have cared for transgender patients directly.
Welcoming the RCN research, an EHRC spokesperson said: ‘We hope that steps are taken quickly to address concerns, including improving the evidence base in order to better understand the experience of transgender patients. Training for healthcare professionals should be made a priority.’
‘Failing’ on transphobia
Earlier this year, the House of Commons Women and Equalities Select Committee published its Transgender Equality report, which found the NHS is ‘failing to ensure zero tolerance of transphobic behaviour’.
NHS England responded to the report, stating that it had increased funding and conducted a review of gender identity services to decrease waiting times. It said it had also brought together a range of national bodies and patient groups to address many of the problems trans people face accessing general health services.
Royal Glamorgan Hospital clinical nurse specialist in sexual health and HIV Stewart Attridge says: ‘It is important for nurses to remember that there can be two different aspects of gender which need to be taken into consideration: physical and psychological.
‘I know of some patients who have tried self-medicating with hormones on the internet due to frustration with the NHS and delays in the system.
‘Mandatory training needs to cover these topics. It may go into great detail about using the correct recycling facilities, but won’t mention the importance of addressing patients by the correct pronoun.’
The Tavistock and Portman NHS Foundation Trust Gender Identity Development Service (GIDS) is the only such NHS-funded service in the UK for children. It is for children and young people, and their families, who experience difficulties in the development of their gender identity.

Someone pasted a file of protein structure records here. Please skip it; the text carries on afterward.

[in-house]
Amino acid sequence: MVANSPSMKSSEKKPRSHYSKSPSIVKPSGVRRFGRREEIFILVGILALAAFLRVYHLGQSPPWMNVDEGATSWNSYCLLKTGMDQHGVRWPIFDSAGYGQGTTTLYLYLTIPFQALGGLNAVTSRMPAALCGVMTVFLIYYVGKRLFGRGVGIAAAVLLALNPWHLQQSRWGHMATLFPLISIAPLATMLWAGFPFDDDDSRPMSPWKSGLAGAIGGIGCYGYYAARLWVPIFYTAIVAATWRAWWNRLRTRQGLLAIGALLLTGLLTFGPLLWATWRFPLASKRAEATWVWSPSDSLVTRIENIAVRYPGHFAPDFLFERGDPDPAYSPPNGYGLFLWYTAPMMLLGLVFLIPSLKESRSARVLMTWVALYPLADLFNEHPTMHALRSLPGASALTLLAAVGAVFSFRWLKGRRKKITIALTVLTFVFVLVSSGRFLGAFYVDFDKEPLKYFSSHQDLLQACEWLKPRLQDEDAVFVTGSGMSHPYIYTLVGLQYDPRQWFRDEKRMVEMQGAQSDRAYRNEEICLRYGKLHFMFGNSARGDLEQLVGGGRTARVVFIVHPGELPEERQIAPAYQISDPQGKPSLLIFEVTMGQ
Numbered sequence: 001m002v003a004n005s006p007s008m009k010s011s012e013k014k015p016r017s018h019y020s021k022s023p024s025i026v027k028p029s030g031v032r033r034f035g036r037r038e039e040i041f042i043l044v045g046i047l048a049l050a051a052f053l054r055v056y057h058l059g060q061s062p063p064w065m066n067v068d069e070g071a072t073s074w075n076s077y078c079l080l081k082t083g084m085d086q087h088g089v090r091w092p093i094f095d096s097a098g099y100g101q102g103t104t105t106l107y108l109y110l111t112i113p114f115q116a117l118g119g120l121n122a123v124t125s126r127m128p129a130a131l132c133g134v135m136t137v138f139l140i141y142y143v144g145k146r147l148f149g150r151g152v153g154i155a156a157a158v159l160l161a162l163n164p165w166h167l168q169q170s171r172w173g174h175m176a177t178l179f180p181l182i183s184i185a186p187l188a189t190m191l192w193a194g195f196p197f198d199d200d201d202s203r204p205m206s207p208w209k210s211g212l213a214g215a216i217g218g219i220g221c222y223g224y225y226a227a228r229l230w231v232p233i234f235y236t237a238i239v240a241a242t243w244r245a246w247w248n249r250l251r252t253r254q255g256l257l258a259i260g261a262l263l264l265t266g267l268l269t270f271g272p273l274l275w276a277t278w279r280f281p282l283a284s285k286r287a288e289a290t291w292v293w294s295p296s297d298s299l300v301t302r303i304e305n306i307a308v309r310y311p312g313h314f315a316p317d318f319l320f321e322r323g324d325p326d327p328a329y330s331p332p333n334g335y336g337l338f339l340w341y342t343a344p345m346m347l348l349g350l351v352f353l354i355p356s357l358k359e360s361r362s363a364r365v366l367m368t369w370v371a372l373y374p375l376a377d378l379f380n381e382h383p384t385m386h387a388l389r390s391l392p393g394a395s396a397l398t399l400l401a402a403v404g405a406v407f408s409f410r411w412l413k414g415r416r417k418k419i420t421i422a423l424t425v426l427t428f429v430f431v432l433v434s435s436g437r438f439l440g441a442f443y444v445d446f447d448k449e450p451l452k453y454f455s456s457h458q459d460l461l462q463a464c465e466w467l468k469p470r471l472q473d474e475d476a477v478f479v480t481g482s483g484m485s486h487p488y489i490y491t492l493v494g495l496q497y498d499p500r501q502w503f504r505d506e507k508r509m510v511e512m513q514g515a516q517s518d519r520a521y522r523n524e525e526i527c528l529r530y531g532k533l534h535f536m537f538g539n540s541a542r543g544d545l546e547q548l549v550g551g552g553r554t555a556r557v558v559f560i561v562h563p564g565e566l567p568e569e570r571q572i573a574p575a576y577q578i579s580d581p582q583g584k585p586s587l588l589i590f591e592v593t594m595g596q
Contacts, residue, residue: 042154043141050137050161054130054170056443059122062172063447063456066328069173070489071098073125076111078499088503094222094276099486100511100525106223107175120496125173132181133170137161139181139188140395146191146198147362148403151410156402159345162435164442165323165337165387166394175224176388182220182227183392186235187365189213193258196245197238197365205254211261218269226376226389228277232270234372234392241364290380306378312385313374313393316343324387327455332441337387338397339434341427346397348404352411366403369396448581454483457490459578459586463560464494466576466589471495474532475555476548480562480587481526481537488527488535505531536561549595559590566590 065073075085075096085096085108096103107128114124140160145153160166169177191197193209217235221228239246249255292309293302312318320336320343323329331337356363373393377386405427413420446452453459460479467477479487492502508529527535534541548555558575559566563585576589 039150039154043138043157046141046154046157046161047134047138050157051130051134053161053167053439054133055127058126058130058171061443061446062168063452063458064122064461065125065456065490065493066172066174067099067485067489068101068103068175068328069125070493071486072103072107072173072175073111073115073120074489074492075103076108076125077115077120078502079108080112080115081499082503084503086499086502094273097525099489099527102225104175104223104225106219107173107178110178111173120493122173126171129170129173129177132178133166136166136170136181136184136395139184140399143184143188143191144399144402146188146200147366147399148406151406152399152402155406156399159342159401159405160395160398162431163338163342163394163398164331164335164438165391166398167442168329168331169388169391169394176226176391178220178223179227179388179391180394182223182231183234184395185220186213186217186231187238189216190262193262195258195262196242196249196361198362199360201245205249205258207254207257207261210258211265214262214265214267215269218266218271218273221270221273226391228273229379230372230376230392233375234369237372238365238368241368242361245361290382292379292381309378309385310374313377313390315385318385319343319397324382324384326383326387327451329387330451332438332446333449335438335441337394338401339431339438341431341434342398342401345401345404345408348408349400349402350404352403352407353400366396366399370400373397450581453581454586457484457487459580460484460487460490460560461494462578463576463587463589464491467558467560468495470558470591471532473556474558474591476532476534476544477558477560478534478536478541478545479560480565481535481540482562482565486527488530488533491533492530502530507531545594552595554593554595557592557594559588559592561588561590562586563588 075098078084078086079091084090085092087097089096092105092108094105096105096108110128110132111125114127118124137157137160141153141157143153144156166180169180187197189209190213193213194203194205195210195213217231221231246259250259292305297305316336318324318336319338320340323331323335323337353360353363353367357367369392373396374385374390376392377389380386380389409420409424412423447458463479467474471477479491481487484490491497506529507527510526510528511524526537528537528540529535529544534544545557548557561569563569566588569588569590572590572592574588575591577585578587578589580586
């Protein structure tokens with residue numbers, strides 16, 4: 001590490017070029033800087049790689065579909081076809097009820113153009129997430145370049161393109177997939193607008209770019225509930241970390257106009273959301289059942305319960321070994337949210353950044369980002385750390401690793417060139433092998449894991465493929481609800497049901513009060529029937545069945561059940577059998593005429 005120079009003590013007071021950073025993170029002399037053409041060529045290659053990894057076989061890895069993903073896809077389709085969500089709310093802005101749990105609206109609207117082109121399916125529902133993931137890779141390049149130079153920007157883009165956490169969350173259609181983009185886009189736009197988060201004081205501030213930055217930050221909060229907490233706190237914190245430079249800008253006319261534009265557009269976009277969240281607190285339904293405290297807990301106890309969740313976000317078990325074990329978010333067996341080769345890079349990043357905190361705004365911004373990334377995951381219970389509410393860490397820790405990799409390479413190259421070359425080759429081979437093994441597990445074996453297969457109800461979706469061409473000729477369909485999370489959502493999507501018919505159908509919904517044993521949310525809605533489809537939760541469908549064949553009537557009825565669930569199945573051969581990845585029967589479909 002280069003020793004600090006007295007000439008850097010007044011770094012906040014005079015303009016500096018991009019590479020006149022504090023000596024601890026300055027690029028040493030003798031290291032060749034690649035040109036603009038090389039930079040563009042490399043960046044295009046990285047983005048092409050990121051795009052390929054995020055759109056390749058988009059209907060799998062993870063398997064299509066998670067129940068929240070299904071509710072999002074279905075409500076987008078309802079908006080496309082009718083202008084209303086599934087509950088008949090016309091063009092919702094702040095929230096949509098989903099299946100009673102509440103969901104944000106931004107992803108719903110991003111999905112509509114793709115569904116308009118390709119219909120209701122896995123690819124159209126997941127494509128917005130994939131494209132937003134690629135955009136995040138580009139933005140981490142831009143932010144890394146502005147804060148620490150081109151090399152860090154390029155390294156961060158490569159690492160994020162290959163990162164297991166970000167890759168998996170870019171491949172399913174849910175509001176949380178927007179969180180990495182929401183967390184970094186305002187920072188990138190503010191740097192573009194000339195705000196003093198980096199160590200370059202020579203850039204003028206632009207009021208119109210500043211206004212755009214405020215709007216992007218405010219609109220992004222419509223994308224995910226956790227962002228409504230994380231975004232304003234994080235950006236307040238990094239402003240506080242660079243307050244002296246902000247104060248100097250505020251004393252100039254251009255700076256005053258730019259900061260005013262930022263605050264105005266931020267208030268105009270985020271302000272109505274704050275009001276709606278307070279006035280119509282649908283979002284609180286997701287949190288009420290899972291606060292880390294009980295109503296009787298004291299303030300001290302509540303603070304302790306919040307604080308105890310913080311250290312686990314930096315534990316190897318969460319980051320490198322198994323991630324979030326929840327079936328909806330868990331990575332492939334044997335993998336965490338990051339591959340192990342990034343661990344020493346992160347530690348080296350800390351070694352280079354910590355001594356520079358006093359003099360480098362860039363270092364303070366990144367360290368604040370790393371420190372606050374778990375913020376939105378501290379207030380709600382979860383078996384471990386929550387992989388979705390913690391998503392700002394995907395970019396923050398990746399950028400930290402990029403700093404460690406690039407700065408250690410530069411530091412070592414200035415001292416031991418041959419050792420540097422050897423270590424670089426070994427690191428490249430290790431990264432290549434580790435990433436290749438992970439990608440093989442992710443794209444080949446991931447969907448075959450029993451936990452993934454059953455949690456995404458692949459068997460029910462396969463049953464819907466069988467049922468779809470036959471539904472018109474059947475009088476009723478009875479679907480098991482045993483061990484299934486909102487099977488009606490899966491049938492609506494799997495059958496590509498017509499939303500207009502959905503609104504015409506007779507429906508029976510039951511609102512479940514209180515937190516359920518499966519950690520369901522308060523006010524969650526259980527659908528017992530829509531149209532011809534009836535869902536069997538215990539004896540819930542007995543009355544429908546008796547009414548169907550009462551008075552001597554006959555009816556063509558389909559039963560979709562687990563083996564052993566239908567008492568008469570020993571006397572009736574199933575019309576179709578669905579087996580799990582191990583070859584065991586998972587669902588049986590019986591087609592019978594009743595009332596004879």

A total of 1,419 people were referred to the clinic in 2015-16, compared with just 97 in 2009-10.
said they had received no training in caring for transgender patients.
A trust spokesperson says that some of these patients feel uncomfortable with the gender they were assigned at birth, while others are unhappy with the gender role that society expects. Some may go on to identify as transgender or gender variant, others as people who are simply different.
The GIDS works closely with University College London Hospitals NHS Foundation Trust, where patients can be referred for treatment and supported by specialist nurses.
GIDS director and consultant clinical psychologist Polly Carmichael says: ‘The work we do here is highly specialised and the staff who see the young people are qualified. It’s our role to provide a safe, therapeutic space where people can speak to a range of professionals about their circumstances. We do this without judgement.
‘We are working hard to recruit more staff to meet demand, and ensure we are able to see young people within reasonable timescales.
‘While we’re seeing an unprecedented rise in referrals to the service, we have to keep this in perspective. Around 1 in 10,000 young people are referred to our service. Not all of those will fulfil the criteria for a diagnosis of gender dysphoria, and not all of those will decide to transition.
‘We can’t identify a single reason for the increase, but we have certainly seen a cultural shift, and thankfully more acceptance in terms of how we think about gender and greater recognition of transgender and gender variant people.’